#554: Gaslight (1944)

How a classic noir thriller helped shape how we talk about abuse

june gloom
5 min readNov 13, 2023

Initial release: May 4, 1944
Director: George Cukor

Merriam-Webster, that superstar of a dictionary outfit, defines “gaslighting” as this:

psychological manipulation of a person usually over an extended period of time that causes the victim to question the validity of their own thoughts, perception of reality, or memories and typically leads to confusion, loss of confidence and self-esteem, uncertainty of one’s emotional or mental stability, and a dependency on the perpetrator

A handy term for an insidious form of abuse, one that has seen popular modern use — perhaps to the point of losing all meaning — in recent years as we’ve become more aware, perhaps hyperaware, of the many forms of abuse and manipulation.

But where did it come from?

In 1944, George Cukor (pronounced “kyu-kar”) directed a film titled Gaslight. Ingmar Bergman is Paula, a young opera singer who returns to England a decade after the murder of her aunt Alice, moving into her childhood home with the man she loves, Gregory Anton (Charles Boyer.) Almost immediately, Anton begins to act quite strange: her discovery of a letter to her aunt triggers a violent outburst; he empties the house of her aunt’s things and puts them all in the attic. The staff he hires to maintain the house are either half-deaf, or conniving and disdainful of Paula. He gifts her a brooch that supposedly belonged to her mother, but she soon loses it and cannot explain how. He keeps her isolated, and does not permit visitors nor lets her go out. At night, when he goes to work in his rented studio, strange noises are heard overhead, and the gas lamps dim — but when she asks him about it, he tells her she imagined it. In this, gaslight — which features throughout the film, from the very beginning with a lamp lighter illuminating the streets of London — is the clue that saves Paula, as it helps uncover Anton’s true intentions: he is actually attempting to drive Paula insane so that he can have her committed, which would allow him to search unhindered for the jewels that he murdered Alice for a decade prior.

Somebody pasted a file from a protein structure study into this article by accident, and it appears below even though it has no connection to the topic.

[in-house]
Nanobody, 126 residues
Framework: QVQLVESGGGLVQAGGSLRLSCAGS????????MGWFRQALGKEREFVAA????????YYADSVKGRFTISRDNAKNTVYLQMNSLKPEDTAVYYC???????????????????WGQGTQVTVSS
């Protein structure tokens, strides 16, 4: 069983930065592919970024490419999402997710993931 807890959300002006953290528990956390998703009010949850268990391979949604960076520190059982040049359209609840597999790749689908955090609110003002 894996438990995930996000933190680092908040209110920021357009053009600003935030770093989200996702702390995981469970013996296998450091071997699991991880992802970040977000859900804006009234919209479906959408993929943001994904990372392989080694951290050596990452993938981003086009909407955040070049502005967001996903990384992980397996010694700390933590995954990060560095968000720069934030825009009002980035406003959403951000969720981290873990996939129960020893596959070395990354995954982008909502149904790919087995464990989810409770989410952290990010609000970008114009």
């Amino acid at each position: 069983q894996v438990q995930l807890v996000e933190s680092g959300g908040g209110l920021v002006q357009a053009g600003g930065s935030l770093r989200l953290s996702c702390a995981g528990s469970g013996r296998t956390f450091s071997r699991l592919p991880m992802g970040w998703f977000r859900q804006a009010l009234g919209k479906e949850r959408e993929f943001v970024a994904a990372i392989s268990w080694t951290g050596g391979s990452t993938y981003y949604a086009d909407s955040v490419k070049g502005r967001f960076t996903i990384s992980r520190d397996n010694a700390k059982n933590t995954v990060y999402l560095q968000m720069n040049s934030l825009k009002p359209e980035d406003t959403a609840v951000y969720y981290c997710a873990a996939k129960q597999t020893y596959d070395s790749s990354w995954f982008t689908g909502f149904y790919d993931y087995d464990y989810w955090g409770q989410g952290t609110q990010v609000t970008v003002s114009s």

Gaslight is a classic period film noir, a study in paranoia and mental abuse that is as excruciating to watch as it is to experience. Those familiar with the premise of the film and the tools of abuse can recognize Anton for what he is: a cruel abuser who cannot completely hide his hard edge behind the sinister, seductive softness with which he slowly convinces Paula that she is insane.

While Cukor’s 1944 film is clearly famous in its own right, and is the originator of “gaslighting” as a term, it’s actually a remake of a British film from 1940. Ironically, in acquiring the rights for the remake, Metro-Goldwyn-Mayer attempted to gaslight audiences by stipulating that all copies of the 1940 version be destroyed, even the original negatives. Obviously that did not happen, as the 1940 version remains available to watch. It’s sharper than its remake, its Gregory Anton a more openly sinister figure, but Cukor’s version allows for more characterization and is ultimately the smoother, better film — if only by a slim margin.